On Reducing the Uncertainty of High Climate Sensitivity

Monday, 15 December 2014: 5:30 PM
Jonah Bloch-Johnson, University of Chicago, Chicago, IL, United States and Raymond Pierrehumbert, Univ of Chicago, Chicago, IL, United States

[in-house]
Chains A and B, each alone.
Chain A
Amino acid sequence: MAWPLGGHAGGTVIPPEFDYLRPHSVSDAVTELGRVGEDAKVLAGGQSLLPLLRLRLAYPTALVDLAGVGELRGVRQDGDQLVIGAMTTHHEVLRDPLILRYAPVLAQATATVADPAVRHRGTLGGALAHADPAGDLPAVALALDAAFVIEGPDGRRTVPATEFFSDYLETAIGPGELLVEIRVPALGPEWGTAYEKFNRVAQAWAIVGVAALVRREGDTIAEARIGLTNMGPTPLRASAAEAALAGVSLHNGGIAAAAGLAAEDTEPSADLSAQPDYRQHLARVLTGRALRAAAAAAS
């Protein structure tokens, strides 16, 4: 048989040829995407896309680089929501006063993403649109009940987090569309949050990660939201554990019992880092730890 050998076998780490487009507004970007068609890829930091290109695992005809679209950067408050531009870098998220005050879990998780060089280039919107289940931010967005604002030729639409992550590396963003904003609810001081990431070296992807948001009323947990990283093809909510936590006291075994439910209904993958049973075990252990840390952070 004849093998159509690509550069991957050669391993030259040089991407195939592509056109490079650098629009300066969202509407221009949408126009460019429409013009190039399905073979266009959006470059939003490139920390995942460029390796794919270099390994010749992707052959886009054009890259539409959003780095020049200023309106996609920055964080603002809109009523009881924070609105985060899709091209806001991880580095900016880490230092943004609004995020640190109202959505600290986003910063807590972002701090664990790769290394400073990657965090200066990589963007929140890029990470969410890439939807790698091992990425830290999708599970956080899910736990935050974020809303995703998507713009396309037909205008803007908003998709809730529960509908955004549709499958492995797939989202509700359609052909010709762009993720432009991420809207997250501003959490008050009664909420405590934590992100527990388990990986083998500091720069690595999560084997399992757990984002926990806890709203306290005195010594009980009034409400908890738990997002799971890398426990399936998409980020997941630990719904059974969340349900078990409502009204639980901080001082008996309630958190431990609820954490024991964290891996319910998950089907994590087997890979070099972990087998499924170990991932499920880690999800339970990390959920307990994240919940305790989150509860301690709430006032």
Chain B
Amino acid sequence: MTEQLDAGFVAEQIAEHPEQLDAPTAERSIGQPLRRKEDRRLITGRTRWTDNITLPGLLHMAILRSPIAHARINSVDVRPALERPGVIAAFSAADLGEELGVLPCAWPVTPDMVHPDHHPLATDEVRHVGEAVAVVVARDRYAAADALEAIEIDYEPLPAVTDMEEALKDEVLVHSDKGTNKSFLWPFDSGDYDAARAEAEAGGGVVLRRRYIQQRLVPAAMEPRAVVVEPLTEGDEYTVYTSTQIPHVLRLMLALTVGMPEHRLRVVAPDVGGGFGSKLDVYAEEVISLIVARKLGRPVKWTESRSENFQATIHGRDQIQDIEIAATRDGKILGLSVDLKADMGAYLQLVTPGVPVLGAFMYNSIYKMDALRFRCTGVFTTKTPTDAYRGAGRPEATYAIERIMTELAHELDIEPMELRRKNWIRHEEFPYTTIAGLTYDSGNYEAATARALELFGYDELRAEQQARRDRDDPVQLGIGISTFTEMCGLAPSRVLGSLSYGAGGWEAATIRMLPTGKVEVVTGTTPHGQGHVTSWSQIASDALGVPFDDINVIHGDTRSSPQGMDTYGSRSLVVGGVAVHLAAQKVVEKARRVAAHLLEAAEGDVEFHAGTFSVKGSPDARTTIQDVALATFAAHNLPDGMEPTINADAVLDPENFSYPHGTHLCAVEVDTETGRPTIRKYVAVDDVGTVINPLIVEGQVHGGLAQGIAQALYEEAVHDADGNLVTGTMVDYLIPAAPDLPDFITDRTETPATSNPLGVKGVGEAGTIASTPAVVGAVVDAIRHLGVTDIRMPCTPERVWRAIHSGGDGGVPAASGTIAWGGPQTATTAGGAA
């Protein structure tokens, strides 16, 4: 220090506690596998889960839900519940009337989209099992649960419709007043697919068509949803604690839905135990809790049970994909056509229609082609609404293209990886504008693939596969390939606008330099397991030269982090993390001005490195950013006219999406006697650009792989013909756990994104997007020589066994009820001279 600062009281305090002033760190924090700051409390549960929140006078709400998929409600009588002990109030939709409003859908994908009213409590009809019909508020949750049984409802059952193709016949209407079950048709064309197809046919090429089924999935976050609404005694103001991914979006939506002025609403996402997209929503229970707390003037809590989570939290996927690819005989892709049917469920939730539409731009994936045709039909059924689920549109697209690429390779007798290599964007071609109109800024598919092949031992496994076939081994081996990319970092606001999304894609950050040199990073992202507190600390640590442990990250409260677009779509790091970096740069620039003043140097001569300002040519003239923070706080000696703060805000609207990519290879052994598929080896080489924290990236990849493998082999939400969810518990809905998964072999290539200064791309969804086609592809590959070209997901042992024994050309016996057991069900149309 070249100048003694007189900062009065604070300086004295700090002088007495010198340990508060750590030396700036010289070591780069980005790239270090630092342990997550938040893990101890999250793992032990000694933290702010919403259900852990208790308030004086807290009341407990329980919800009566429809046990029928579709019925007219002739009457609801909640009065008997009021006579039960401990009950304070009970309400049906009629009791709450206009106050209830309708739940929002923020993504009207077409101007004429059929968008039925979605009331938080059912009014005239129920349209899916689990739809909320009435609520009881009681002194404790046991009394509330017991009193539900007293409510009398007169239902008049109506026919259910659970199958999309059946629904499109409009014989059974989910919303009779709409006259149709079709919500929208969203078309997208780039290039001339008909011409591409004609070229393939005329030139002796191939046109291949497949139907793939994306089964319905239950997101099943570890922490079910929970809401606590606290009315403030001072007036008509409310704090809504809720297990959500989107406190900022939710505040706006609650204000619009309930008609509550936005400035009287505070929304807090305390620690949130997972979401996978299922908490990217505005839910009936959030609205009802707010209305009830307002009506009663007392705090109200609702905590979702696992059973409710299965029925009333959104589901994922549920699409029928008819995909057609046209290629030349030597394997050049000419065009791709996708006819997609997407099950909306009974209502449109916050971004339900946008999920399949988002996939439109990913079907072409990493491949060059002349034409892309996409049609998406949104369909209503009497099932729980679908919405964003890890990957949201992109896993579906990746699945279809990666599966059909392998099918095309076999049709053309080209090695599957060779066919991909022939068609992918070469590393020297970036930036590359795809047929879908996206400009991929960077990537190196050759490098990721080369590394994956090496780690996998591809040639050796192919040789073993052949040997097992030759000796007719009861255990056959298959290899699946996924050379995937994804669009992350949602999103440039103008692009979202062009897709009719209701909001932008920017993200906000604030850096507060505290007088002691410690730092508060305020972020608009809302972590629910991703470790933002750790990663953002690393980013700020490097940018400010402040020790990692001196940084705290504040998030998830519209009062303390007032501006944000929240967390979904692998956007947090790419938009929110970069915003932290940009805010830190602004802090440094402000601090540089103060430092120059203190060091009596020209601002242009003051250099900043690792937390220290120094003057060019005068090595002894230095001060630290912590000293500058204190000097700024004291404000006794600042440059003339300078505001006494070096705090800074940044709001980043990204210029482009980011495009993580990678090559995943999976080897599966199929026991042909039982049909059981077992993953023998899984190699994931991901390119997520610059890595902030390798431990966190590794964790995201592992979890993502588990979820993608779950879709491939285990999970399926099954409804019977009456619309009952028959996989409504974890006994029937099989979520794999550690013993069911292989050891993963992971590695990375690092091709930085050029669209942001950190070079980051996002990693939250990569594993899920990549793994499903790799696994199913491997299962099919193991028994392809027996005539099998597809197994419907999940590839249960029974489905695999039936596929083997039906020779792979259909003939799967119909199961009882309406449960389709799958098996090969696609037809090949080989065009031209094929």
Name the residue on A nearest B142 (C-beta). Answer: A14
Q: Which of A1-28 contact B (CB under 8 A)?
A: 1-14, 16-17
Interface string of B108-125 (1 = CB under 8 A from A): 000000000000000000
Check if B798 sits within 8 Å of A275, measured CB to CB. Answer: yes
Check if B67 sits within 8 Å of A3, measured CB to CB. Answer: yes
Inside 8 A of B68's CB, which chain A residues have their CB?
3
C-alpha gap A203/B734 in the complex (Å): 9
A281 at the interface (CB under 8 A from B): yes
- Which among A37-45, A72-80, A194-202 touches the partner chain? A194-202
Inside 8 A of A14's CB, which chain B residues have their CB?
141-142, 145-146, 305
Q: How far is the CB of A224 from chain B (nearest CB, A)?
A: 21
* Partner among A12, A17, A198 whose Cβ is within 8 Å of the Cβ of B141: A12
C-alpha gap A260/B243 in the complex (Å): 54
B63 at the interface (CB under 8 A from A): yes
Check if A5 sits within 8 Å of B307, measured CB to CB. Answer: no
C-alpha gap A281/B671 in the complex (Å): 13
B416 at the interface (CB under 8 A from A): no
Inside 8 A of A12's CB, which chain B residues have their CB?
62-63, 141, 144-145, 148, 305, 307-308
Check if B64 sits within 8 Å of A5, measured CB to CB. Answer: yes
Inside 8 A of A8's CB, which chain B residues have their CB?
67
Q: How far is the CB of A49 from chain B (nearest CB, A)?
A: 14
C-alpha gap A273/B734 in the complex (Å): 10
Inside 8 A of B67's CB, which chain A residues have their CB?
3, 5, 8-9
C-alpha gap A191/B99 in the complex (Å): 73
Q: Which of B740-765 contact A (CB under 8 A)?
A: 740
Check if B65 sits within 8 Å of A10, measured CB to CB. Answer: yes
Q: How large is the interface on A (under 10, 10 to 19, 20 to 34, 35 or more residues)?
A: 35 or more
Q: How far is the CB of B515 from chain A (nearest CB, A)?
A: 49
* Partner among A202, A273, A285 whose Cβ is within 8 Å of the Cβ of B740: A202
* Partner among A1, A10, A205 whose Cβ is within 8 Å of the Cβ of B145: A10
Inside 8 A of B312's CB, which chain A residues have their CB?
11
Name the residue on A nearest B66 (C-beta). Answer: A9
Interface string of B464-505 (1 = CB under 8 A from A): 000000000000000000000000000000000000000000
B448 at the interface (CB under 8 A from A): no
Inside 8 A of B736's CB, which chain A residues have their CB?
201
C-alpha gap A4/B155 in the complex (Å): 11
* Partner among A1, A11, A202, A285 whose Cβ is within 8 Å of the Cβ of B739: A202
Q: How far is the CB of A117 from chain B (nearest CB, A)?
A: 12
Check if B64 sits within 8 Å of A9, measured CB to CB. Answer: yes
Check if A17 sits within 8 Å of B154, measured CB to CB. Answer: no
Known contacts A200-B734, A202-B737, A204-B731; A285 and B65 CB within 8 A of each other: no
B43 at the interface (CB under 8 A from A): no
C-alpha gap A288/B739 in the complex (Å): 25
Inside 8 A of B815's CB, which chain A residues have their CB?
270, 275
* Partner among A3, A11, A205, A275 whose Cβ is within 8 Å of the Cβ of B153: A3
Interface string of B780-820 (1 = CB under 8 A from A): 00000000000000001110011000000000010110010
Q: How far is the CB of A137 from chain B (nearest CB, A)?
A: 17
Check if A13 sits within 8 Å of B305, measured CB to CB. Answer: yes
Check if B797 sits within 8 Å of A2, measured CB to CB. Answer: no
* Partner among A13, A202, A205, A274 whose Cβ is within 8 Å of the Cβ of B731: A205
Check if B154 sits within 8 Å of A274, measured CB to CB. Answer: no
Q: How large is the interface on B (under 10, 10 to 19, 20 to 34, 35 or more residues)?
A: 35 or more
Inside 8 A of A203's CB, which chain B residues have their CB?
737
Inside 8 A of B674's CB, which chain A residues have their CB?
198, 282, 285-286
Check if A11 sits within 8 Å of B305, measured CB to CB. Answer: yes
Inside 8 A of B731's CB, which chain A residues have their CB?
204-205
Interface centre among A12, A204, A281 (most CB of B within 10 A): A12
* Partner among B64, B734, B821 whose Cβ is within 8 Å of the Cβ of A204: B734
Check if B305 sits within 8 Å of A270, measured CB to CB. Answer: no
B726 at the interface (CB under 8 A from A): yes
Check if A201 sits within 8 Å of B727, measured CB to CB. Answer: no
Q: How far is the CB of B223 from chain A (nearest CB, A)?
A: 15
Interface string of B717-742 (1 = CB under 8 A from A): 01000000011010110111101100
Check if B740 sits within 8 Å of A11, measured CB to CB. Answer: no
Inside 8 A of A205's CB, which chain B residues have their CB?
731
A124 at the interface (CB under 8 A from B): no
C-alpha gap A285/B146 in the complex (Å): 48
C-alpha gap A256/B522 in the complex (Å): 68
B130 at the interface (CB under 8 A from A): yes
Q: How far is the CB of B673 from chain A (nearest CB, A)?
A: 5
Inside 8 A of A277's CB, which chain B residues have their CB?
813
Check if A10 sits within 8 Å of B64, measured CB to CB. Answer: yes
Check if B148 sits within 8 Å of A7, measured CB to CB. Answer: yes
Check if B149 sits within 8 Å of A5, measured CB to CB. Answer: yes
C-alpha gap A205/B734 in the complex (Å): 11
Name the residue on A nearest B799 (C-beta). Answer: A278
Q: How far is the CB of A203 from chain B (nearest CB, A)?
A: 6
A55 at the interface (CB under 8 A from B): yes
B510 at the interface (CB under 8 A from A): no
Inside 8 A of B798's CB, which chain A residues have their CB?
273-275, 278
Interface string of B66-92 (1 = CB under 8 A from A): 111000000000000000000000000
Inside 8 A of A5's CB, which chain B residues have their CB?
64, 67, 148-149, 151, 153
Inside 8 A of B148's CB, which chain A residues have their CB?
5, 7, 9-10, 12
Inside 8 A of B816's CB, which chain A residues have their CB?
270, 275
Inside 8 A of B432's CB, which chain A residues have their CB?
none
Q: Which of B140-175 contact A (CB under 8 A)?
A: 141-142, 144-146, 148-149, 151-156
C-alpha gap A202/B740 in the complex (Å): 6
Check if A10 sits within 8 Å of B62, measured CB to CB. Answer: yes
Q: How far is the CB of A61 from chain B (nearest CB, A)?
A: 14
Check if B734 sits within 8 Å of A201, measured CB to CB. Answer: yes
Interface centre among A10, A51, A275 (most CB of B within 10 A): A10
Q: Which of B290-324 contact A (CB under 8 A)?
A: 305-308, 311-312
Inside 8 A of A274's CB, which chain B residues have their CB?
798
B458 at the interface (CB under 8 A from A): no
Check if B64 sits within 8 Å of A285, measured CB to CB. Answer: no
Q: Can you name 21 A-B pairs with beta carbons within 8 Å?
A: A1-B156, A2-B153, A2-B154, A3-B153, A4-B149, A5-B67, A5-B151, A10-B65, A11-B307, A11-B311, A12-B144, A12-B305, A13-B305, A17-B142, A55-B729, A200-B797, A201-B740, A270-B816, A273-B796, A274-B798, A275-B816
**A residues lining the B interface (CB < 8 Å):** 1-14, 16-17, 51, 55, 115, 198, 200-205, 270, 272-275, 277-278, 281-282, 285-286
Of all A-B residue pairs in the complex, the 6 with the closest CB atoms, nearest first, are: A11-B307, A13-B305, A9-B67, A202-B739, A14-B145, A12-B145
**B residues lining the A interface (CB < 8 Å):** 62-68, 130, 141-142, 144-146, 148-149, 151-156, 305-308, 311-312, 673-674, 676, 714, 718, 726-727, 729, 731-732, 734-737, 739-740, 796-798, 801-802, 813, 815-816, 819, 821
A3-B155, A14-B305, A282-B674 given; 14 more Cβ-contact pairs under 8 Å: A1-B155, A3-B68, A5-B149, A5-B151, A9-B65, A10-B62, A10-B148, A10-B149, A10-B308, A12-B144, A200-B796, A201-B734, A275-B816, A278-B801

Physical modelling and observational studies sometimes suggest there is a nonnegligible probability that the Earth's equilibrium climate sensitivity is greater than 4.5ºC, the upper end of the IPCC range of likely values. Such worst case scenarios warrant special scrutiny, and there has been much discussion of the methods, and even the feasibility, of reducing our uncertainty of their likelihood. We present a brief review of high sensitivity outcomes and what gives them such high values, highlighting which mechanisms suggest reasonable future pathways for the Earth. In particular, we highlight the role of low cloud feedbacks. We illustrate that the assumption of linearity often used in analysis of climate feedbacks becomes increasingly likely to break down for high sensitivity Earths, and show in a simple thought experiment how the true climate sensitivity can become decorrelated from the one predicted by linear feedbacks as these feedbacks become strongly positive, a condition necessary for high sensitivity. Knowledge of the nonlinearity of these feedbacks is essential to reducing uncertainty of the highest warming scenarios, with implications for the design of the methodologies used to study them.